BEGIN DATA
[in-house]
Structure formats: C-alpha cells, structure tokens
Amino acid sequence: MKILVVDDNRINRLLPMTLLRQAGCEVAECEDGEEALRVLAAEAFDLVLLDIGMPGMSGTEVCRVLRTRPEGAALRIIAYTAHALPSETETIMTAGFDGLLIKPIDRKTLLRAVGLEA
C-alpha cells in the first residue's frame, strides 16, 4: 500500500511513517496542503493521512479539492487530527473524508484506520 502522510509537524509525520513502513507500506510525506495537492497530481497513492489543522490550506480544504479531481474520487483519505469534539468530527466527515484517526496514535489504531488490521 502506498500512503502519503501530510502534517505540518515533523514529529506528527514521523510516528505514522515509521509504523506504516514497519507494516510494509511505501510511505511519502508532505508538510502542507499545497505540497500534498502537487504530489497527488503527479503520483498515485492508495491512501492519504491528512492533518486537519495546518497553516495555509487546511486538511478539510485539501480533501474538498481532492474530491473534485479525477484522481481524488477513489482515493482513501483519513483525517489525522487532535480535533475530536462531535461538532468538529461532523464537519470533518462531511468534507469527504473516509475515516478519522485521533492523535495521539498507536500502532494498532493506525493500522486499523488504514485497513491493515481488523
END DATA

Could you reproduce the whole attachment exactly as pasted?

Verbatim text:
[in-house]
Structure formats: C-alpha cells, structure tokens
Amino acid sequence: MKILVVDDNRINRLLPMTLLRQAGCEVAECEDGEEALRVLAAEAFDLVLLDIGMPGMSGTEVCRVLRTRPEGAALRIIAYTAHALPSETETIMTAGFDGLLIKPIDRKTLLRAVGLEA
C-alpha cells in the first residue's frame, strides 16, 4: 500500500511513517496542503493521512479539492487530527473524508484506520 502522510509537524509525520513502513507500506510525506495537492497530481497513492489543522490550506480544504479531481474520487483519505469534539468530527466527515484517526496514535489504531488490521 502506498500512503502519503501530510502534517505540518515533523514529529506528527514521523510516528505514522515509521509504523506504516514497519507494516510494509511505501510511505511519502508532505508538510502542507499545497505540497500534498502537487504530489497527488503527479503520483498515485492508495491512501492519504491528512492533518486537519495546518497553516495555509487546511486538511478539510485539501480533501474538498481532492474530491473534485479525477484522481481524488477513489482515493482513501483519513483525517489525522487532535480535533475530536462531535461538532468538529461532523464537519470533518462531511468534507469527504473516509475515516478519522485521533492523535495521539498507536500502532494498532493506525493500522486499523488504514485497513491493515481488523